A person with externally caused disease by definition has lost some or all happiness because of the disease. Tort law offers money as a partial offset to loss of happiness. Much tort law is based on judgments and guesses about human behavior, suffering and happiness, with many tort law rules being decades old, and some centuries old.
Updated thinking may be starting to arrive, and may even involve science and tort law. That possibility seems more real when one considers the interesting dialogs, research and books ongoing in the areas of risk, decision making and happiness. One such discussion is Peter Huang’s lengthy and substantive post at the Conglomerate, the several books cited in it the post, and posts he put up past week at the Conglomerate.
Imagine what tort law rules might become if we actually look carefully at rules and assumptions which are often taken for granted but seem dubious. For example, why do/should courts assume that warnings are read and understood? The assumption seems especially dubious today when we have warnings printed in tiny fonts in one language on generic package inserts that are so absurdly broad they lose all meaning. And, can we really say that a manufacturer is really fulfilling its personal responsibility when it uses generic, cheap inserts instead of tailored, useful means for communication ?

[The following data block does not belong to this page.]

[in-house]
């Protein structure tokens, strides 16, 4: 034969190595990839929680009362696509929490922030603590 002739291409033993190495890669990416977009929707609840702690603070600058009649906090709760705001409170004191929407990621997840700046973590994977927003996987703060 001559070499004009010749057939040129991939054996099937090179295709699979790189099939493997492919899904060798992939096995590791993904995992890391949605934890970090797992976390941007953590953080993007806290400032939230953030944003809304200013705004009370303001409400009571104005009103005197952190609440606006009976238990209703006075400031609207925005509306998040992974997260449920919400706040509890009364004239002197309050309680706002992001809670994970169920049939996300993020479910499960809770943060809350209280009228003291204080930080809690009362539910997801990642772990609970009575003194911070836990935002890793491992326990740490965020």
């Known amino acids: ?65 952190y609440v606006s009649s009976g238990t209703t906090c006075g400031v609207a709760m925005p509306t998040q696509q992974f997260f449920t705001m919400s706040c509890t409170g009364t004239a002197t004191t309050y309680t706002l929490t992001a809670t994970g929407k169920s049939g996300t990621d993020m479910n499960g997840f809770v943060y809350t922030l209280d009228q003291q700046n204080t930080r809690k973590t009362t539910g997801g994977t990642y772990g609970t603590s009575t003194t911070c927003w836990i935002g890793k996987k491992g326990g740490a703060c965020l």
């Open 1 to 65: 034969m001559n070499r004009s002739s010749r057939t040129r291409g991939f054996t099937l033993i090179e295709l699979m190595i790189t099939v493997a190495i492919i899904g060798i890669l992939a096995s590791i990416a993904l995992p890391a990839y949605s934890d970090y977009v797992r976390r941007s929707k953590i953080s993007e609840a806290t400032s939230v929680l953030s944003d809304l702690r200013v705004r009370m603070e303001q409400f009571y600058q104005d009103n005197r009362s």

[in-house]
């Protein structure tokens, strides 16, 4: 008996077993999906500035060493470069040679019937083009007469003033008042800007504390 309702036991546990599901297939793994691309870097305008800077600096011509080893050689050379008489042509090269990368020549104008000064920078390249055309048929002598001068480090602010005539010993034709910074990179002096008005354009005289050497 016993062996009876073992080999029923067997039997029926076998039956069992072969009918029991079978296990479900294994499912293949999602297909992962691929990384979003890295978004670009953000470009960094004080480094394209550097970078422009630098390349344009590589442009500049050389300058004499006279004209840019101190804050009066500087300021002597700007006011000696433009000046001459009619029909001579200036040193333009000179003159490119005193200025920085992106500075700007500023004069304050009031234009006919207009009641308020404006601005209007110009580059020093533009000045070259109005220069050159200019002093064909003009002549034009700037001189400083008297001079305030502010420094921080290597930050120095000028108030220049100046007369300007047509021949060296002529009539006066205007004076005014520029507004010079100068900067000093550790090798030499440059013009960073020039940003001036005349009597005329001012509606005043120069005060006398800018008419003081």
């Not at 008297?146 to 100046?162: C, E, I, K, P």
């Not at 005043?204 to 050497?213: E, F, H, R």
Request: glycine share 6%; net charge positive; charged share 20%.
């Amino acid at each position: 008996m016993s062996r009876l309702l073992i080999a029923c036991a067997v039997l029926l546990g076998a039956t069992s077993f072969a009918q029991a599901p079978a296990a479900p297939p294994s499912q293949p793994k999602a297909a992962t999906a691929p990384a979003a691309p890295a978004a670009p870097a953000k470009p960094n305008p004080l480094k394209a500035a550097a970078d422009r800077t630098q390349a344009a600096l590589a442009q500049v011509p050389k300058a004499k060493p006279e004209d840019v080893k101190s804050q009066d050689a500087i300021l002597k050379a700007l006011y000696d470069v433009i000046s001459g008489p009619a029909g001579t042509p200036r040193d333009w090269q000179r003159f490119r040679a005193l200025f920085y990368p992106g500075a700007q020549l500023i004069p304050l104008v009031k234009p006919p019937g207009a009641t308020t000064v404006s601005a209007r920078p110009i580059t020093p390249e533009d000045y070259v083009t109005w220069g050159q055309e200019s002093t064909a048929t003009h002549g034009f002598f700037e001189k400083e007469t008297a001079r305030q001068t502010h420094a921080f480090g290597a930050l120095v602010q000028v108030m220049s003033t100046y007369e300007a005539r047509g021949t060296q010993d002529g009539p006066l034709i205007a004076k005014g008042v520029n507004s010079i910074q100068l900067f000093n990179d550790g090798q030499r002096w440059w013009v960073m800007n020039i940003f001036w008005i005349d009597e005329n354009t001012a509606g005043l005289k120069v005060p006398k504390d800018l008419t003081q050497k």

Consider also that society is seeing increasing disintermediation as highly skilled professionals (e.g. really smart doctors; really good engineers) become less and less accessible due to adoption of cookie cutter processes that focus on eliminating or reducing the use of high value/high cost professionals. Does the learned intermediary doctrine make sense when learned intermediaries are largely pushed out of their traditional roles as advisers ?
And, what about the problem of professional competence. Today, knowledge is growing so fast that doctors and other professionals are hard pressed to keep up. Should tort law continue to apply "local standards of care" or should there by a new rule requiring a local doctor and/or hospital to at least offer a recommendation to real experts. The standard of cancer care, for example, is far lower in a rural hospital than it is at MD Anderson, Memorial Sloan Kettering or Mayo. Would you – presumably a smart professional – accept treatment at a low standard of care or do you demand the benefit of and access to the best possible care?